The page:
Quantitative Biology of Membrane Traffic and Pathogenesis


Our team aims at understanding the molecular mechanisms that control the spatiotemporal organization of endocytic proteins and cell architecture, which has a fundamental biologic relevance and might be key to identify new therapeutic targets.

Endocytosis is a fundamental cellular process that is dedicated to nutrient uptake and to the regulation of signaling and adhesion platforms. The biogenesis of endocytic vesicles is built on the precise spatial and temporal control of a protein machinery to undergo the remodeling of the plasma membrane.
The impaired function of several endocytic components is associated to human disorders such as cancer, myopathies or neurologic diseases. In addition, viruses and bacteria can exploit endocytic pathways as a means of entry into host cells, such as the HIV-1.


We apply quantitative approaches at the interface of cell biology, biophysics and nanotechnologies that we combine with the development of bottom up synthetic methods and cell-free systems to infer on the organization of cells at different length scales: from the single molecule to the cellular level.

 



Using minimal and in cellulo systems we could previously show that phosphoinositide clustering induced by the endocytic protein BIN1 could mediate the recruitment of its downstream phosphoinositide-binding partner dynamin on membranes (Picas L., et al. Nature Communications 2014). This mechanism was key to better understand why different BIN1 mutations in the autosomal form of centronuclar myopathies display a similar phenotype in dynamin binding. An important research line of the group is dedicated to elucidate if a similar mechanism is implicated in the coordination of trafficking events that rely on the local accessibility to phosphoinositide pools, such is the case of clathrin-mediated endocytosis (Picas L. et al. F1000 Research 2015).

We have also developed new methods to infer on the nanoscale organization of cellular membranes by combining Atomic Force Microscopy and Fluorescence Microscopy (Picas L. et al. ACS Nano 2013).









credits team picture: https://illustration4science.com/

Recent publications

2016
  1. Picas, L.; Gaits-Iacovoni, F.; Goud, B., The emerging role of phosphoinositide clustering in intracellular trafficking and signal transduction. F1000Res 2016, 5.
2015
  1. Carretero-Genevrier, A.; Gich, M.; Picas, L.; Sanchez, C.; Rodriguez-Carvajal, J., Chiral habit selection on nanostructured epitaxial quartz films. Faraday Discuss 2015, 179, 227-33.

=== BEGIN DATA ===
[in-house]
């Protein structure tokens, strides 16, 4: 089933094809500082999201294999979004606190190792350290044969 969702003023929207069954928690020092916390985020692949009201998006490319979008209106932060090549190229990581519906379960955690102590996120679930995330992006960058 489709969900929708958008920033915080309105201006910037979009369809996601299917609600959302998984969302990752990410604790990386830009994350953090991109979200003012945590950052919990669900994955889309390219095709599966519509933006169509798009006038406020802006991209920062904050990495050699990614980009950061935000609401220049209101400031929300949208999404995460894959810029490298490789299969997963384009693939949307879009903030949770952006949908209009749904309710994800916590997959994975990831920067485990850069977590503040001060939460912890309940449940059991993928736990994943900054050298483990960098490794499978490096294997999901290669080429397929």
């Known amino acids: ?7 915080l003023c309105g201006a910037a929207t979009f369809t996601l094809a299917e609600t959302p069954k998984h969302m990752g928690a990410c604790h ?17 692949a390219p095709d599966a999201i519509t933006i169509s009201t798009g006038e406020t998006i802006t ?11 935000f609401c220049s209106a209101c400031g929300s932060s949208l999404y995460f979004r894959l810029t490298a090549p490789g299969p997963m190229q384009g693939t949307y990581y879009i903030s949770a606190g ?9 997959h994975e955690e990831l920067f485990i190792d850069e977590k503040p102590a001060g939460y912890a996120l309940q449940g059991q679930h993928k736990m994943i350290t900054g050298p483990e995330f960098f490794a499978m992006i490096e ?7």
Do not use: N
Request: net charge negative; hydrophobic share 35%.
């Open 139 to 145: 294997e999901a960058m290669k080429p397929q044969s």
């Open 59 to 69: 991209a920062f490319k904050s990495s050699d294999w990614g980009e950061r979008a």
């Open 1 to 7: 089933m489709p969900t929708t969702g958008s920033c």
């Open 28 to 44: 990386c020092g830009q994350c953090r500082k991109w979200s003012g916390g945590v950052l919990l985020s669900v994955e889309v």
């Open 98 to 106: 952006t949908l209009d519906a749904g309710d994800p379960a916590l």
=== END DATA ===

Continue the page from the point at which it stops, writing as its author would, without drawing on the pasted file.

2014
  1. Picas, L.; Viaud, J.; Schauer, K.; Vanni, S.; Hnia, K.; Fraisier, V.; Roux, A.; Bassereau, P.; Gaits-Iacovoni, F.; Payrastre, B.; Laporte, J.; Manneville, J. B.; Goud, B., BIN1/M-Amphiphysin2 induces clustering of phosphoinositides to recruit its downstream partner dynamin. Nat Commun 2014, 5, 5647.
2013
  1. Rico, F.; Rigato, A.; Picas, L.; Scheuring, S., Mechanics of proteins with a focus on atomic force microscopy. J Nanobiotechnology 2013, 11 Suppl 1, S3.
  2. Picas, L.; Rico, F.; Deforet, M.; Scheuring, S., Structural and mechanical heterogeneity of the erythrocyte membrane reveals hallmarks of membrane stability. ACS Nano 2013, 7 (2), 1054-63.
  3. Rico, F.; Picas, L.; Colom, A.; Buzhynskyy, N.; Scheuring, S., The mechanics of membrane proteins is a signature of biological function. Soft Matter 2013, 9 (32), 7866-7873.
  4. Carretero-Genevrier, A.; Gich, M.; Picas, L.; Gazquez, J.; Drisko, G. L.; Boissiere, C.; Grosso, D.; Rodriguez-Carvajal, J.; Sanchez, C., Soft-chemistry-based routes to epitaxial alpha-quartz thin films with tunable textures. Science 2013, 340 (6134), 827-31.
2012
  1. Picas, L.; Suarez-Germa, C.; Montero, M. T.; Domenech, O.; Hernandez-Borrell, J., Miscibility behavior and nanostructure of monolayers of the main phospholipids of Escherichia coli inner membrane. Langmuir 2012, 28 (1), 701-6.
  2. Picas, L.; Rico, F.; Scheuring, S., Direct measurement of the mechanical properties of lipid phases in supported bilayers. Biophys J 2012, 102 (1), L01-3.
  3. Picas, L.; Milhiet, P. E.; Hernandez-Borrell, J., Atomic force microscopy: a versatile tool to probe the physical and chemical properties of supported membranes at the nanoscale. Chem Phys Lipids 2012, 165 (8), 845-60.

Team members

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Local

National

International

Post-Doc, Thesis, Internship

We search for highly motivated candidates (biologists, biochemists, biophysicists, physicist) interested on interdisciplinary approaches applied to biological systems: from the single molecule to the cellular level.

Team leader

Laura Picas

ATIP-Avenir Team Leader
Tenure researcher CRCN CNRS
En savoir +


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At a glance



Welcome to the NanoCytoLab!

We are a young and multidisciplinary team that has been established at IRIM in Septembre 2017 thanks to the support of the ATIP-Avenir program.

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Funding

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Contact us


     
       

   

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IRIM
Institut de Recherche en Infectiologie de Montpellier
UMR 9004 - CNRS / UM
1919 route de Mende - 34293 Montpellier cedex 5
FRANCE

 

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